My mother and her sisters were masters at holding grudges--they nurtured their anger and resentment like prized orchids, making sure they were always fresh in their minds. And why? I'm not really sure. I've tried really hard to break that pattern in my own life. Of the 10 kids in Mom's family, there is only 1 left, and when I call her, since she's almost 90, she's always thrilled to hear from me. But inevitably, she works the conversation around to how much she disliked my mom, what a cold, self-centered woman my mom was. Since that's not the woman I remember, I change the subject.

    Because even with all of her faults, my mom was a loving, nurturing woman, who made me feel like the sun didn't shine in the morning until I got us, since it shone out of my butt for her. Anything I did was spectacular, just because I did it. And still craving her approval, I worked very hard to get my first romance novel published in time to hand it to her, with a dedication to her in the front. But by that time, dementia had robbed her of the ability to read, and she didn't really even comprehend that I'd written the book. I was crushed. She slowly devolved into a tiny, frightened old woman, who smiled at everyone, and asked me who that handsome guy in the picture was, when it was a photo from her wedding, and she and Dad were married, unhappily so, for over 50 years. Sigh...

    So I never got to really tell Mom goodbye. With Dad, who was always unapproachable, and extremely judgmental about what a whore his daughter was, much to his shame, I had some moments while he was bed-ridden, where we looked through his old photos and he told me stories of his life before me or Mom. And when he took his last breath, I was there at his side, holding his hand, crying as his old tape player played Gershwin's, "Someone to Watch Over Me."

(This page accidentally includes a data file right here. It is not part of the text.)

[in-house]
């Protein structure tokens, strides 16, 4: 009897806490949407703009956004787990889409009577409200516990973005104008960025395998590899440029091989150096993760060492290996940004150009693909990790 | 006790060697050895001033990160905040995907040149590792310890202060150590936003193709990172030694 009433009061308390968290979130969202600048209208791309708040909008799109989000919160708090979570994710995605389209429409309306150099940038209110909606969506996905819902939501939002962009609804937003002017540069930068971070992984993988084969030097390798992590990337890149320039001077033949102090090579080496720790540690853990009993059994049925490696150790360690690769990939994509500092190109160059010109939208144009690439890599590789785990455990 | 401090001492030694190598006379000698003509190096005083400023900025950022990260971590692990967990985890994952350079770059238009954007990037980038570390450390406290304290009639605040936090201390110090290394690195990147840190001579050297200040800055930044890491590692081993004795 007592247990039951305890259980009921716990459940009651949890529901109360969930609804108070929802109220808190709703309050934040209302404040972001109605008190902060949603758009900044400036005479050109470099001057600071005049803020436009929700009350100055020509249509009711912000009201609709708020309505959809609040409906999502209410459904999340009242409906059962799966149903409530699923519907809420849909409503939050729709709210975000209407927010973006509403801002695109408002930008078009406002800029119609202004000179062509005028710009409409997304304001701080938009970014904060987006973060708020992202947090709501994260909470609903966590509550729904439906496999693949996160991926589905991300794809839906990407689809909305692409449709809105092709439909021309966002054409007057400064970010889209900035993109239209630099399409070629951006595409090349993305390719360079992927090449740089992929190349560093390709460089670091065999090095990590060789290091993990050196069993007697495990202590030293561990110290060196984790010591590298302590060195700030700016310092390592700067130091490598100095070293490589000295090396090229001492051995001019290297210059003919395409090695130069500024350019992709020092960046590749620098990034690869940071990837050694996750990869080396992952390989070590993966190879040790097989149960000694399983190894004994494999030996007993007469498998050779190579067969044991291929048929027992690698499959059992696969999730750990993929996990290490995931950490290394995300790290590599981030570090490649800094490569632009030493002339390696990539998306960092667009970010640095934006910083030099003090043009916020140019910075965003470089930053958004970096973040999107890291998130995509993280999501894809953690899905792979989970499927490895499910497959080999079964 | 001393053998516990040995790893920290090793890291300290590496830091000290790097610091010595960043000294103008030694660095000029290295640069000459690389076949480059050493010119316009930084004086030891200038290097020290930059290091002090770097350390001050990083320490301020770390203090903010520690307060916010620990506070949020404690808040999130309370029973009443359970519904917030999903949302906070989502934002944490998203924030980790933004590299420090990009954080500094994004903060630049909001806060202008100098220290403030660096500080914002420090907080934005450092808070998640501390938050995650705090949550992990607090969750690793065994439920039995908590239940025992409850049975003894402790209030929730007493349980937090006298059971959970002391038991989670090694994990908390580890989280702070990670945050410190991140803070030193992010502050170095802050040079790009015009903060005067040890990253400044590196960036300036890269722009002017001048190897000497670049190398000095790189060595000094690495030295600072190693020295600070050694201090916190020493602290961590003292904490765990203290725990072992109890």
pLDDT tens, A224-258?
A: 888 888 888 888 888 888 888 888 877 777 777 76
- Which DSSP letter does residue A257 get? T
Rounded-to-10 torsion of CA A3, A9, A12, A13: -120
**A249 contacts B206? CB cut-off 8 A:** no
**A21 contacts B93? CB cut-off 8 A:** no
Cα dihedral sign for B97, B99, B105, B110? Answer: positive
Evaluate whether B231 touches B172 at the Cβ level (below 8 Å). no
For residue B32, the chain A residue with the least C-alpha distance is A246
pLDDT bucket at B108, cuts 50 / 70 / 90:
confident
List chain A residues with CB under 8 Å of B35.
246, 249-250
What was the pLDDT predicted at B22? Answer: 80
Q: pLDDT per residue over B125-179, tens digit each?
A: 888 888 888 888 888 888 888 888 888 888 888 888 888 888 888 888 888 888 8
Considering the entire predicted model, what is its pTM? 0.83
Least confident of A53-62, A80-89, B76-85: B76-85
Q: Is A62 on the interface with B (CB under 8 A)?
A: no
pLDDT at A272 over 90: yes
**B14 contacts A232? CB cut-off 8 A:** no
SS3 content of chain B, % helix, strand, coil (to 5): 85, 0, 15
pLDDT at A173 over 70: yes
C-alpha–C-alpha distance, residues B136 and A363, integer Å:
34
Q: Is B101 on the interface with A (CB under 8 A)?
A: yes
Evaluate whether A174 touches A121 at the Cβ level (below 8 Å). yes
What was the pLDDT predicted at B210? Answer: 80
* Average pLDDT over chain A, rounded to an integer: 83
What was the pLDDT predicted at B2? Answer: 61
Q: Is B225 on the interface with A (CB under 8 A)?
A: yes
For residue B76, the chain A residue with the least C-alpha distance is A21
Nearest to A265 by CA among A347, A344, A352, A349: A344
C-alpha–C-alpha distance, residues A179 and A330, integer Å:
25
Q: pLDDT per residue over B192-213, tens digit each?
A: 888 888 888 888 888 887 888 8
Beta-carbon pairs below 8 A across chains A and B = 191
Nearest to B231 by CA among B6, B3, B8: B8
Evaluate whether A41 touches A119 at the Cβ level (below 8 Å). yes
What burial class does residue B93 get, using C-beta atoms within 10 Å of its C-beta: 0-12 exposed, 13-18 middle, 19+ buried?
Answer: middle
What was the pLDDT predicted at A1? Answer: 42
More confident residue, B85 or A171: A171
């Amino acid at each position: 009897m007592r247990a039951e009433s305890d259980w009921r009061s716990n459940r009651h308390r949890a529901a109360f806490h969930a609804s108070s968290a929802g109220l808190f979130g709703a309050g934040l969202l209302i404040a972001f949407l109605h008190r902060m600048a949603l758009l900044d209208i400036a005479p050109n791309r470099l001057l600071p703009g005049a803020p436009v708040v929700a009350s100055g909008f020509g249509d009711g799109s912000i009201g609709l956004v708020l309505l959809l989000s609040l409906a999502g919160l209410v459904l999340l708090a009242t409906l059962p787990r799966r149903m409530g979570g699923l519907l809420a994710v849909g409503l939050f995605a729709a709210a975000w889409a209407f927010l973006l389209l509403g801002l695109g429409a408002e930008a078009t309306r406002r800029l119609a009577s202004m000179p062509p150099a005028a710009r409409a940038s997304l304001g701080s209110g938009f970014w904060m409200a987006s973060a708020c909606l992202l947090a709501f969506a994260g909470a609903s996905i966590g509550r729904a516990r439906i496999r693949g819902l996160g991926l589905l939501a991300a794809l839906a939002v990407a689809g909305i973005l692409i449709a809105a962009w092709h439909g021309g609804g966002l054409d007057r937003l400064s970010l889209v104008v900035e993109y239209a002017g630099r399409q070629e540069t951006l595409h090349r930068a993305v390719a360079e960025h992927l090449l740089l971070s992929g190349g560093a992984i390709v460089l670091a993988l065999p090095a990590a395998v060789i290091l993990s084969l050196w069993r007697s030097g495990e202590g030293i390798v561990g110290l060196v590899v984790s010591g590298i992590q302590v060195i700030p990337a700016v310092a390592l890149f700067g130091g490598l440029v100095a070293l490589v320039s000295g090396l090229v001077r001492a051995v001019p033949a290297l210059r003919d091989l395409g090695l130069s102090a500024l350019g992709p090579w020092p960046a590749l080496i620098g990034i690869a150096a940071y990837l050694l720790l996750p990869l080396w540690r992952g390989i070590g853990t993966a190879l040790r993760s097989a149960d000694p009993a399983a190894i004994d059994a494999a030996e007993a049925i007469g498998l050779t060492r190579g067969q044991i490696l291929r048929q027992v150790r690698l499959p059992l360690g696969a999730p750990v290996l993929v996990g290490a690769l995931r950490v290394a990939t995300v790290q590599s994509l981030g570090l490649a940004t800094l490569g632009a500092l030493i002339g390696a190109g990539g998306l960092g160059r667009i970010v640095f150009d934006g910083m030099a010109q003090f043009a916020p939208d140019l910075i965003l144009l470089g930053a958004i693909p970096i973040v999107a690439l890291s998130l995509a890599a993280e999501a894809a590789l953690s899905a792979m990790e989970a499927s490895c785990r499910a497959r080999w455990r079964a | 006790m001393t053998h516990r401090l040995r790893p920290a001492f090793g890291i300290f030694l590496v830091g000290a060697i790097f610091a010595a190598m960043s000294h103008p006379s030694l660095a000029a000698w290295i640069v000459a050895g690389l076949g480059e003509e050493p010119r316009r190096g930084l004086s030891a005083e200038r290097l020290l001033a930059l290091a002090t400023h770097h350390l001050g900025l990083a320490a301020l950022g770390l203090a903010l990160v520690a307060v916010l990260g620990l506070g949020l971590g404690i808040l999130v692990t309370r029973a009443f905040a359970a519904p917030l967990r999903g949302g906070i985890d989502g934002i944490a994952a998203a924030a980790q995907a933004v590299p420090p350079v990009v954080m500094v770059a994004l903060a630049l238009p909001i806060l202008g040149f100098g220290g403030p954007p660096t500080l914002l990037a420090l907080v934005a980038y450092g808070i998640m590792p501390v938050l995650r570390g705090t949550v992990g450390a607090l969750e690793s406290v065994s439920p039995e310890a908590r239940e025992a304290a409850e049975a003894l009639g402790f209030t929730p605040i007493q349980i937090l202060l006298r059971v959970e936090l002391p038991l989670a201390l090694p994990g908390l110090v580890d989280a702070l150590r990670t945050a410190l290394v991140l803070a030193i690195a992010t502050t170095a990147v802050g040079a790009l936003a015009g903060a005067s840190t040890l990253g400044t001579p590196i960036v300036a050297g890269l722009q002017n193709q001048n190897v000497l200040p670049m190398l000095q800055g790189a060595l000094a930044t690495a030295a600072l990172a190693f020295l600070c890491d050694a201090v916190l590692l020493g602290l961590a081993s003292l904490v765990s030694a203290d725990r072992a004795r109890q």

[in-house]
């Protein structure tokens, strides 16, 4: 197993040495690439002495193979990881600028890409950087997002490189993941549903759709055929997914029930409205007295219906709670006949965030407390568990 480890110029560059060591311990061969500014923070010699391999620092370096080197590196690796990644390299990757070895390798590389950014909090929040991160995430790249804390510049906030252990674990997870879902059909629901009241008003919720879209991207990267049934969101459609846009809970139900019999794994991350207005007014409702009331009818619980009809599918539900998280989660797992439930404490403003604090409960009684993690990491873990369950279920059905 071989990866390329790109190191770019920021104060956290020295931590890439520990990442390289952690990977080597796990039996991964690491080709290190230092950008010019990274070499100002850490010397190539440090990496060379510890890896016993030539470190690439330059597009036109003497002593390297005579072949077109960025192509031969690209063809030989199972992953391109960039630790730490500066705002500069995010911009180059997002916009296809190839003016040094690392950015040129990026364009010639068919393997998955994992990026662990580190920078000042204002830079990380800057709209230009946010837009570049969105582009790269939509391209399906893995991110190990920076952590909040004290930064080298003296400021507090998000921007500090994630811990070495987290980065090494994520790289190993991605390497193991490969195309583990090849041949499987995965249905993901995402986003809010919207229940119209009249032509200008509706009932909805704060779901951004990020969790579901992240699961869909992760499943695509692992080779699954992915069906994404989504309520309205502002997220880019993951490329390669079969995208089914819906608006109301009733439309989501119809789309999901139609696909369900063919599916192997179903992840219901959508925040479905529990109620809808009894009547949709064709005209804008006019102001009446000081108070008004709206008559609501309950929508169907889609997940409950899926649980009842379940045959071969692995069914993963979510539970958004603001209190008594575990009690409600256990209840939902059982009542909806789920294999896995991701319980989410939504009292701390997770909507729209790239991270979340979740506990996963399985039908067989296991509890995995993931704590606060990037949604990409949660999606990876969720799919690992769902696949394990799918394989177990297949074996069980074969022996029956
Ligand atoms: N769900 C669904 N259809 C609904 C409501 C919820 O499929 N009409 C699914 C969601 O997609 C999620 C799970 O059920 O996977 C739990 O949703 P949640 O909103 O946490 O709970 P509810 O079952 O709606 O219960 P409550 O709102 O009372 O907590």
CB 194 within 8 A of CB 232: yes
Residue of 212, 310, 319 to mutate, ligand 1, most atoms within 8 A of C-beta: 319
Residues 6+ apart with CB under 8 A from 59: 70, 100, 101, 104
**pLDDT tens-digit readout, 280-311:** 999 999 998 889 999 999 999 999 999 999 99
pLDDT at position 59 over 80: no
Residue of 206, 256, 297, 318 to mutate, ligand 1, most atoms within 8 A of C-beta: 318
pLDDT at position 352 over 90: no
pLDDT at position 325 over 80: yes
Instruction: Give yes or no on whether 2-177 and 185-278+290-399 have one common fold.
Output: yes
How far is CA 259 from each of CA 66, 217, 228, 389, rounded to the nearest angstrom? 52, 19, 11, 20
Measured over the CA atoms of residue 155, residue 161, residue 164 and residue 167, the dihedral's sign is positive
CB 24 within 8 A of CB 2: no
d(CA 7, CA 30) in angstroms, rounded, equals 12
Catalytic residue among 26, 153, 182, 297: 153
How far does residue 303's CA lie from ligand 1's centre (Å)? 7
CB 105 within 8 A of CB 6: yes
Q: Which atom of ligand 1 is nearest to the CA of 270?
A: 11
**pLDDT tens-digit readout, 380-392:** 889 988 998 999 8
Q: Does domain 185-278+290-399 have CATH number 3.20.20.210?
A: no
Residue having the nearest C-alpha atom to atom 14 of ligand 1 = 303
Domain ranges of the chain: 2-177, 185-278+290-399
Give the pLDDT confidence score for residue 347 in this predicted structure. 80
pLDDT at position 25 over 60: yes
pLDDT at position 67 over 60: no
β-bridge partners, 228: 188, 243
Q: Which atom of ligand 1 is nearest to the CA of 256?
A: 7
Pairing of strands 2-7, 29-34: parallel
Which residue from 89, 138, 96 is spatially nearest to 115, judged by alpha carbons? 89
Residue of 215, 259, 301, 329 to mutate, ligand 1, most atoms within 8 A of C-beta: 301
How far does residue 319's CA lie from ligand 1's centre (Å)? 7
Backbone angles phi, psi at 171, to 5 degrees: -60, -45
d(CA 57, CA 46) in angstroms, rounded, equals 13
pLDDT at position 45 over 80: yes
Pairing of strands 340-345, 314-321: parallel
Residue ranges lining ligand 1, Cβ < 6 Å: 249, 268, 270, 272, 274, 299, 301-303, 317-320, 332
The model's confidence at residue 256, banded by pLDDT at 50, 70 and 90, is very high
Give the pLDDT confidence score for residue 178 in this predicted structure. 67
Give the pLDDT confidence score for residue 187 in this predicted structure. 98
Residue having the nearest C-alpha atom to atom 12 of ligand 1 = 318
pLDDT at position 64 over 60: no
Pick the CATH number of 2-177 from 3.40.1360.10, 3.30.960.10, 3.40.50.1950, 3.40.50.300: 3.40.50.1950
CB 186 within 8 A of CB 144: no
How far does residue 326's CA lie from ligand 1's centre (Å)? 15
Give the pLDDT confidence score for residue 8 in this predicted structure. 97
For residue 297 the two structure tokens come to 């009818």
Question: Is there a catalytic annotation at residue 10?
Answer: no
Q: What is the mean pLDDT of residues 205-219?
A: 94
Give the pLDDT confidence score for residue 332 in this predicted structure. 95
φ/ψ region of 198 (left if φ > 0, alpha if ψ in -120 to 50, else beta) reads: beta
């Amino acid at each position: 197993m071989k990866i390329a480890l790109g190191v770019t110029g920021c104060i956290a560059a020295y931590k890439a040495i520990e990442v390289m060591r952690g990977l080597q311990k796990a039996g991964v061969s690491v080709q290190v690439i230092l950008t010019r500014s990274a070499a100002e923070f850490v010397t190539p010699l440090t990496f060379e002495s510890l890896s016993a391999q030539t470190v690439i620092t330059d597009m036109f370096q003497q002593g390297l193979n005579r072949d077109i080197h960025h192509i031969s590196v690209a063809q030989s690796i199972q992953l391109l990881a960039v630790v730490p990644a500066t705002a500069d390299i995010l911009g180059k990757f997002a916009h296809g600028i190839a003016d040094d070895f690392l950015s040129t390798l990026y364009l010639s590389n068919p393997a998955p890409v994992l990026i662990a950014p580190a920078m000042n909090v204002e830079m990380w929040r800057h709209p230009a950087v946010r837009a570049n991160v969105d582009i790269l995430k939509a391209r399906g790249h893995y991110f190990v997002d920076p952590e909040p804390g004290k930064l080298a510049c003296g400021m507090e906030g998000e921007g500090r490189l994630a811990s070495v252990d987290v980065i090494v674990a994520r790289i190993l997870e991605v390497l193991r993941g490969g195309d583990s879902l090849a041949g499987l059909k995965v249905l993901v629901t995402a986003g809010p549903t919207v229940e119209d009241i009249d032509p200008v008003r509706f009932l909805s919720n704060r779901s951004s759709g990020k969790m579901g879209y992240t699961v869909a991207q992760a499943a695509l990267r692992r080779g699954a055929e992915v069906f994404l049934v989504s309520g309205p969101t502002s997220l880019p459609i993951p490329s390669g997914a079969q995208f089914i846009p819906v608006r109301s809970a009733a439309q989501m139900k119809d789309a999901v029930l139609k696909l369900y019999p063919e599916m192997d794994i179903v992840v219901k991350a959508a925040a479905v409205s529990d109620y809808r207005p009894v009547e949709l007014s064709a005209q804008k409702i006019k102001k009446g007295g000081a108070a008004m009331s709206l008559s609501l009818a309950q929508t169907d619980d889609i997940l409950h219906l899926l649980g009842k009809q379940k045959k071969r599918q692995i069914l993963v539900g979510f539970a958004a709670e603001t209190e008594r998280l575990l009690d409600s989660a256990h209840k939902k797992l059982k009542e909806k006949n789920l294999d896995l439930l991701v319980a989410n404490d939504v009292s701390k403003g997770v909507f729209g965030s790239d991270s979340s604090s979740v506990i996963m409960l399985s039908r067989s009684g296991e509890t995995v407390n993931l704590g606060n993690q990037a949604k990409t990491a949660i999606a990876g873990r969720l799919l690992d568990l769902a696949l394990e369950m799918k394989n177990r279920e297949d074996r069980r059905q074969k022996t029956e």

I miss them both, for different reasons. Him, I wish I could talk to one more time, for the Scottish accent that always made me laugh at his stories. Her, for the hugs that let me know that the rest of the world could get fucked, because my mother loved me and no one else mattered.

    I hope that my kids will miss me when I'm gone. All we can do is share love with each other, in hopes of being remembered. And darn you, Garce, once again one of your posts has me crying. Thanks. No really, thanks. Having deep feelings reminds us that we're alive. And I'm grateful for your gift of words that speaks to that part of someone else that evokes memories and feelings.

  4. Garce, this is an incredibly moving post. It's the sort of thing where I don't want to pull it apart with any specific comments. I'm just glad to have read it.